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City Council votes to dedicate $27M to Vision Zero, its plan to end traffic deaths

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Vision Zero was almost zeroed out in this year’s budget

The scramble crosswalk at Hollywood and Highland is the type of safety infrastructure Vision Zero will be able to fund.

The Los Angeles City Council unanimously voted to dedicate $27 million in the next fiscal year to Vision Zero, a plan to eliminate the city’s rising traffic deaths. The plan will also point LA towards a future of fewer cars.

“Today’s vote shows that the City of Los Angeles is going to step up to make our streets safer and our communities better places to live, work and enjoy,” said Councilmember Mike Bonin.

Bonin joined a coalition of councilmembers including Paul Krekorian, Nury Martinez, Marqueece Harris-Dawson, and Jose Huizar, who rallied to procure more funding for the initiative after a hearing on Friday where Vision Zero’s budget was chopped to only $3 million, far less than the $16.6 originally recommended by Mayor Eric Garcetti.

More than $27 million will now go to Vision Zero programs, including a critical $8.3 million for infrastructure improvements like streetscape redesigns, curb extensions, and road diets along the city’s 40 most dangerous corridors.

The funds will come from the local return money of Measure M, the transportation sales tax voters approved in November, and SB 1, a new statewide gas tax.

More than $27 million is going to Vision Zero, much more than the proposed $3 million.
Vision Zero LA

The plan was called a “compromise” by Councilmember David Ryu, who was part of a separate faction of councilmembers who argued that Measure M had been marketed as a way to fix roads and wanted two-thirds of the local return amount to be allocated to street repaving. Bonin had originally proposed an alternate plan to allocate two-thirds of Measure M funds to Vision Zero.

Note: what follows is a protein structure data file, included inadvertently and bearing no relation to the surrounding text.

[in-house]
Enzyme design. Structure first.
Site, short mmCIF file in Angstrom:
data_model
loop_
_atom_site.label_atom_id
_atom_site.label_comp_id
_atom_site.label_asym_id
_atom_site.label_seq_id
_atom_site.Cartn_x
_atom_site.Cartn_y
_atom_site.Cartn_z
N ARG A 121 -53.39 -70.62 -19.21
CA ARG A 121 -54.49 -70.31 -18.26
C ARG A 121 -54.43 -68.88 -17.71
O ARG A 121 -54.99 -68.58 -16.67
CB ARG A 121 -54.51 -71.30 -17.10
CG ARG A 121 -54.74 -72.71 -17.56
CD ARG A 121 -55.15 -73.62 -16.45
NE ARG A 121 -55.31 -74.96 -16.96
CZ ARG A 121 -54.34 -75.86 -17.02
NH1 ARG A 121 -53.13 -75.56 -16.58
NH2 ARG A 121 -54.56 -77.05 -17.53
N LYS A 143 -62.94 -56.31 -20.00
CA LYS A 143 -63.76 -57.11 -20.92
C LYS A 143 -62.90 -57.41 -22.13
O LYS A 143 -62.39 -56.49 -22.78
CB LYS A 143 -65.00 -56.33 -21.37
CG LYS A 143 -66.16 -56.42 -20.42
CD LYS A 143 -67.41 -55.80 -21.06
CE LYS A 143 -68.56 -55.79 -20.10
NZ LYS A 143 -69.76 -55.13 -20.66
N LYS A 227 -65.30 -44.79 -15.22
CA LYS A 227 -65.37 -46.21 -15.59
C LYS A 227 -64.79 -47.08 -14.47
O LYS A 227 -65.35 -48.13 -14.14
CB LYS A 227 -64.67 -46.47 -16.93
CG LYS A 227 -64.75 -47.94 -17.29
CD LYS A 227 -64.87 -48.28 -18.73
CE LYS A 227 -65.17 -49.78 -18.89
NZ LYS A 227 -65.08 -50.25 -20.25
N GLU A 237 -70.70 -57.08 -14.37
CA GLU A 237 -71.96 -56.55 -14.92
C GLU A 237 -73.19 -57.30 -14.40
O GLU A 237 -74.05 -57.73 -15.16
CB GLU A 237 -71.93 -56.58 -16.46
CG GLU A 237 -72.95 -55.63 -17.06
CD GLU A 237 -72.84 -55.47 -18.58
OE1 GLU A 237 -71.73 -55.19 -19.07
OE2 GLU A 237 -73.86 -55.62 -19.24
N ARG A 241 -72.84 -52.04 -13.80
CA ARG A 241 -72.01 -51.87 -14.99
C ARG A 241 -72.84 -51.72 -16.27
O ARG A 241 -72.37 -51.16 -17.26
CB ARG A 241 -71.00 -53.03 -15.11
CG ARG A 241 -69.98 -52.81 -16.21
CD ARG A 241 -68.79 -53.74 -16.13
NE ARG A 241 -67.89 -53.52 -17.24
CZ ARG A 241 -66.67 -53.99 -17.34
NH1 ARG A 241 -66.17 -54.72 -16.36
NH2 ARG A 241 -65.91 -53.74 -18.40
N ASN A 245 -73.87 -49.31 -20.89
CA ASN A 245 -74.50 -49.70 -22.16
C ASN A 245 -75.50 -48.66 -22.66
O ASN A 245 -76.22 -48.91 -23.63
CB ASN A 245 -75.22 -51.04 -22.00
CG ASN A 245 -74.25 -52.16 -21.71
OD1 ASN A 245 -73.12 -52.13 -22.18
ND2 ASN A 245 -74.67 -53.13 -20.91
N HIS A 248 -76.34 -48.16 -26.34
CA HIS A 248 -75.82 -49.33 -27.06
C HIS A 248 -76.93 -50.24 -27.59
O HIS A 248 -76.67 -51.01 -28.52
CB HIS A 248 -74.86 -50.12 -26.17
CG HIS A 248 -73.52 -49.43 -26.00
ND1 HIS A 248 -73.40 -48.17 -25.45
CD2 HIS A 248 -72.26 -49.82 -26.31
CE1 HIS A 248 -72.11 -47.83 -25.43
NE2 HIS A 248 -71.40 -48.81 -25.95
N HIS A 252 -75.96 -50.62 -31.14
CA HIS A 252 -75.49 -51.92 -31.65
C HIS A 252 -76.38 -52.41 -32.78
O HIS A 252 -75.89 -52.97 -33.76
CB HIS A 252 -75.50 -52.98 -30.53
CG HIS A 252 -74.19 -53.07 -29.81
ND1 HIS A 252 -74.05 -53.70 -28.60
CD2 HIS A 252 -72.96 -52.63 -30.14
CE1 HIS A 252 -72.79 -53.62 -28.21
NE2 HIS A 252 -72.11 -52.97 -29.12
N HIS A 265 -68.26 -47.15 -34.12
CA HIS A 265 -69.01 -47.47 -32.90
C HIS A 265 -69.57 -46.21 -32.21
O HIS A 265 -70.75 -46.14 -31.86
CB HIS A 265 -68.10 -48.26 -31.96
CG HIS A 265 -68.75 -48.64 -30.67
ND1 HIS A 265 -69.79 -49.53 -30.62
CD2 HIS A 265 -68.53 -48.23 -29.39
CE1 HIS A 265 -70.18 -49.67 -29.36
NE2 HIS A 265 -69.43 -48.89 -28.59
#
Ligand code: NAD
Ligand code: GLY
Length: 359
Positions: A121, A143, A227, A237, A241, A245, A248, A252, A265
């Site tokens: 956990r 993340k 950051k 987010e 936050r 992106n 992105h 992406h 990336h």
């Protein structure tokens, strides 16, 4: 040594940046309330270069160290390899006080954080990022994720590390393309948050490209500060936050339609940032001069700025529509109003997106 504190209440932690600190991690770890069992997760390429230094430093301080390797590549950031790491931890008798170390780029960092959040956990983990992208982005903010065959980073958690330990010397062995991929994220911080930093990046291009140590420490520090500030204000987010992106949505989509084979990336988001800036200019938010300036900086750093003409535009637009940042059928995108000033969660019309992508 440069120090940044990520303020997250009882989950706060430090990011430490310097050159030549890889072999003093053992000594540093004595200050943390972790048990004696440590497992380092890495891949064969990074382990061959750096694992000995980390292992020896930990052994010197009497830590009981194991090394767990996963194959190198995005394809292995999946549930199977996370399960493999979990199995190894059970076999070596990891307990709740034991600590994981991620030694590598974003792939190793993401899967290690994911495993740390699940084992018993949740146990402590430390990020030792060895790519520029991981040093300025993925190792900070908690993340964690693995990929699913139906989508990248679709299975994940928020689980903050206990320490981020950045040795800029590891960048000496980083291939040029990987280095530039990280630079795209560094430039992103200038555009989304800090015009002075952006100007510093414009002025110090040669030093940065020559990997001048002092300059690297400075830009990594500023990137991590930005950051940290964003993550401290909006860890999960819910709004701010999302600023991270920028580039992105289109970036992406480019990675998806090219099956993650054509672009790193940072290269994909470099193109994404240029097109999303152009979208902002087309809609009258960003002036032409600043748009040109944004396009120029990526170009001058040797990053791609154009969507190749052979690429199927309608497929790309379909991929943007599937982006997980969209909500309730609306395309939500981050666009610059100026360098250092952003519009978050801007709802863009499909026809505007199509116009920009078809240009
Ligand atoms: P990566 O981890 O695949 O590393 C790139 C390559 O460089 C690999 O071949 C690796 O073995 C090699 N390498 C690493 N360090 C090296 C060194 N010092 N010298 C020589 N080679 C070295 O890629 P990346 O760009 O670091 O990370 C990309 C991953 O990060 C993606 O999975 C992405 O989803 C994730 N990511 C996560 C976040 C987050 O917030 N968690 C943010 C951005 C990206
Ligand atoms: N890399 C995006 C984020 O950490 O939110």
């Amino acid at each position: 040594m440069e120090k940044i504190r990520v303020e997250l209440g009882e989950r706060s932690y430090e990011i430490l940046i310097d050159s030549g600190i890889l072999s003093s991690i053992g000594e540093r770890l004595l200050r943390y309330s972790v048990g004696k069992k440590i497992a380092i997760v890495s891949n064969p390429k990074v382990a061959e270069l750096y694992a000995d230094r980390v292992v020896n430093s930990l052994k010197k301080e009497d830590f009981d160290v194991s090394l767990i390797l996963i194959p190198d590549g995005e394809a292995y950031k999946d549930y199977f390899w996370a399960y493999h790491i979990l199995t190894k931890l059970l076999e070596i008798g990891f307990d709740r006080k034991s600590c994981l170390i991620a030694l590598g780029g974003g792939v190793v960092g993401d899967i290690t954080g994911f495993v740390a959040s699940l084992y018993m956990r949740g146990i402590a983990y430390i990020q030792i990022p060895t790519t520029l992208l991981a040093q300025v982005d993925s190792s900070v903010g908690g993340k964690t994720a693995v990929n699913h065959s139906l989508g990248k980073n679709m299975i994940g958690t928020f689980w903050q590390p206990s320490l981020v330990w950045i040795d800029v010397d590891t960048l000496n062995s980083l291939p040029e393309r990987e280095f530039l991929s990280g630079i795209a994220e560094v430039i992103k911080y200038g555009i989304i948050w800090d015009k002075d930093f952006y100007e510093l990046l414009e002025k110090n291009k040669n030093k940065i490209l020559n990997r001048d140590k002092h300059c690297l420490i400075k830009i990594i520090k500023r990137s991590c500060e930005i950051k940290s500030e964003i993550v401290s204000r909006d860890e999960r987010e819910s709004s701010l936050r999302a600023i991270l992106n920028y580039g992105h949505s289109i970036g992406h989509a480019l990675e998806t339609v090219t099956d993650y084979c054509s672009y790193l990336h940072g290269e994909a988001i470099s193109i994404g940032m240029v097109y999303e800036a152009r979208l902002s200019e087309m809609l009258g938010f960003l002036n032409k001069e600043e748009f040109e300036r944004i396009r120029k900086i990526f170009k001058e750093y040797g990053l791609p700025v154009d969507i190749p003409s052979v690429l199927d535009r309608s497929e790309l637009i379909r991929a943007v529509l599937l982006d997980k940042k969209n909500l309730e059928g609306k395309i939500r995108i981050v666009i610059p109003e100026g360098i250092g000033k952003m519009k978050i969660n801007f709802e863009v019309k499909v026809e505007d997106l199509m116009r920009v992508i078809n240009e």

Although all councilmembers who spoke said they were in favor of Vision Zero, there was lingering hesitation about using Measure M funds to pay for it. The motion at this morning’s budget hearing was followed by an informed, nuanced, and mostly cordial conversation about the ways that Vision Zero and street resurfacing goals could work together to help Angelenos get around.

The discussion was framed by Krekorian, who claimed “incorrect reporting” (ahem, was he talking about us?) had gotten the council’s recommendation wrong, and Vision Zero was never in danger of being defunded. He made the case that streets in disrepair could both hinder Vision Zero’s goals and cost the city money, citing the $4.5 million lawsuit settled earlier this month with the family of a cyclist who was killed when he struck uneven pavement in Eagle Rock. Earlier in the budget conversation, the council had moved to allocate $100 million to address to lawsuits like this brought against the city.

The most passionate plea came from Councilmember Martinez, whose San Fernando Valley district is home to the deadliest intersection in the city (Roscoe and Van Nuys). She argued that improving safety infrastructure promotes equity in underserved neighborhoods, which often have the highest rate of fatalities.

“Resurfacing streets is important, but if people are dying or being seriously injured on our streets, what good is a resurfaced street?” she said. “We must stop talking about reducing traffic accidents and actually put resources behind this goal.”

Harris-Dawson, who said he has been “scared to death” to walk on certain LA streets, echoed her concerns, pointing out that in places like South LA, the basic safety infrastructure was never built in the first place.

“Residents are paying with their lives,” he said. “In parts of the city, the simple act of walking can become a life or death decision.”

Perhaps the most intriguing curveball in the discussion was a street improvement idea specific to autonomous vehicles from Councilmember Joe Buscaino, who, it should be noted, biked his two-hour commute to City Hall with Los Angeles County Bicycle Coalition executive director Tamika Butler this morning.

Buscaino said he wants to prepare LA for driverless cars with a “smart streets” strategy, which could employ sensors, kiosks, and other tech designed for automated vehicles.

(It should be noted that if the streets were truly smart, they would also be dramatically reduced in size, as autonomous vehicles will not need as much on-street parking and the ability to share them would mean far fewer cars on the road.)

Advocates see the the $27 million for Vision Zero as a win, even though it’s far less than the $80 million which the city’s Department of Transportation general manager Seleta Reynolds says she would need just to reduce traffic deaths by 20 percent. Her department will provide a detailed update on Vision Zero initiatives and activities using the new budget by late June.